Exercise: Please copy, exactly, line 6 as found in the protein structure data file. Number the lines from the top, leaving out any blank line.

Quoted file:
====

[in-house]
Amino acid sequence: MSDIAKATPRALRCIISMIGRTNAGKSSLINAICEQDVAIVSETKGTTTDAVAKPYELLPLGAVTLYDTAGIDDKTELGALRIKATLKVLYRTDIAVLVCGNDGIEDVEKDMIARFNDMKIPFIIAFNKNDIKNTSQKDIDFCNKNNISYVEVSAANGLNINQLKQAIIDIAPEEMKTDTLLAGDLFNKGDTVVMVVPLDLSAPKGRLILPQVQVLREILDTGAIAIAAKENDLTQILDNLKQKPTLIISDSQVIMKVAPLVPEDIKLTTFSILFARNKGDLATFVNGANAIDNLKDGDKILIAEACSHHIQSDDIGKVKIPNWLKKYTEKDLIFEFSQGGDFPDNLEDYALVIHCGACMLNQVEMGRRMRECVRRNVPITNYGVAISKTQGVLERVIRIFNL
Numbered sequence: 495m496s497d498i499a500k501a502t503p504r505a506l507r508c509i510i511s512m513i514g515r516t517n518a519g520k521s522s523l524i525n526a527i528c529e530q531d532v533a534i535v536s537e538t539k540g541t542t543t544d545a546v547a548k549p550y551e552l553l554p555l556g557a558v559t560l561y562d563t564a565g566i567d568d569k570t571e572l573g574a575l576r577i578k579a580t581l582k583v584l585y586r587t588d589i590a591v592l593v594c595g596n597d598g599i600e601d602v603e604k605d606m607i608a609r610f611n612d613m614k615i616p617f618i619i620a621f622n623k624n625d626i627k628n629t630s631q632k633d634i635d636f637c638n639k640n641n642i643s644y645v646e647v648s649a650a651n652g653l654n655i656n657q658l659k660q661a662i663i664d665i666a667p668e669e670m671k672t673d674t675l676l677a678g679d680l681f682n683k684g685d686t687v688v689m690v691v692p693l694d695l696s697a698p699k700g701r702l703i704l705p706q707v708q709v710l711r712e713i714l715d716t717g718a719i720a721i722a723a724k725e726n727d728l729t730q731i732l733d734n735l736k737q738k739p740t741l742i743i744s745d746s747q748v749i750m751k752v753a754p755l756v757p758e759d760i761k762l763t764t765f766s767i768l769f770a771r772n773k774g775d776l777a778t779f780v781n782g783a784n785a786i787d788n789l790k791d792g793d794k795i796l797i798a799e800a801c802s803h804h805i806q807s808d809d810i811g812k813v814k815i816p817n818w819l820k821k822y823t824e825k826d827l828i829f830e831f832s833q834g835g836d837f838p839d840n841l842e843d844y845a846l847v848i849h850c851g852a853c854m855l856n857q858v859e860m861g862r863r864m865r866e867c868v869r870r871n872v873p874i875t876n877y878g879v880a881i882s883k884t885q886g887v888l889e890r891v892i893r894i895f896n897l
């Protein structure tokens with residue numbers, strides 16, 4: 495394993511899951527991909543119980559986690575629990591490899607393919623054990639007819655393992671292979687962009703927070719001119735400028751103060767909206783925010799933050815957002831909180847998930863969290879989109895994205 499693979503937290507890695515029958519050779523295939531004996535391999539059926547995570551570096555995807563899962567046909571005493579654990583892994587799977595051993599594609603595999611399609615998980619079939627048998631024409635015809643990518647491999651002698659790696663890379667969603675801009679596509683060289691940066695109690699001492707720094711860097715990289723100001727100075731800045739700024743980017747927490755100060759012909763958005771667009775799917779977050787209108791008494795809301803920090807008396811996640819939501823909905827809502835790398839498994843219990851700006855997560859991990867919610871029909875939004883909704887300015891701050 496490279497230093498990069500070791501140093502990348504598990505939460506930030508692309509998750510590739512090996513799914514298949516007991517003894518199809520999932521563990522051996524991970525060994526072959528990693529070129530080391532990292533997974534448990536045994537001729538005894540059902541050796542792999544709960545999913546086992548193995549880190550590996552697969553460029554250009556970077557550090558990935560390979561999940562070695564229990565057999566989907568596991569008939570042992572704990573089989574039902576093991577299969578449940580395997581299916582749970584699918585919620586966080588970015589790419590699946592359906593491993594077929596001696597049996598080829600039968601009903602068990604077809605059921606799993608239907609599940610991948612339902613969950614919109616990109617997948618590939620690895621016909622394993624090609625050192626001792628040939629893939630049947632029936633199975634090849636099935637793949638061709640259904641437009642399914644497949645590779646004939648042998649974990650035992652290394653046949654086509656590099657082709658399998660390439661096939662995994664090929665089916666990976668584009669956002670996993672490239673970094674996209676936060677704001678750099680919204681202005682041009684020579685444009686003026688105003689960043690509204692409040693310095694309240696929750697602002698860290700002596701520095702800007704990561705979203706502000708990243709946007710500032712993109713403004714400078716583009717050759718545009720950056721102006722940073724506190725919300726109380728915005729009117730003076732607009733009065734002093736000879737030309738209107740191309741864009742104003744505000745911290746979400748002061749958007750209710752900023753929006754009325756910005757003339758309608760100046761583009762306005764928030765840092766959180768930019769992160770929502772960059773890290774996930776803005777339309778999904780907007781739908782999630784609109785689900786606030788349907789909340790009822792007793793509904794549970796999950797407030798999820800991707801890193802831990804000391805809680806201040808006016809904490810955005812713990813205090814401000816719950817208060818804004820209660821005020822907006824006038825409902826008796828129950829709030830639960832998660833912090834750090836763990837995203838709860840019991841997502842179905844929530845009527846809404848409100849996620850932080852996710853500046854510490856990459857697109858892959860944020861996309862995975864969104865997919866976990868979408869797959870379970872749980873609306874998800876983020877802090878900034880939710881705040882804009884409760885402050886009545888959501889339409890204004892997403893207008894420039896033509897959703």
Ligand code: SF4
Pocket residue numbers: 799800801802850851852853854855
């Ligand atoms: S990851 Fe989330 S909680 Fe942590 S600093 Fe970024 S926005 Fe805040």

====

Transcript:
Pocket residue numbers: 799800801802850851852853854855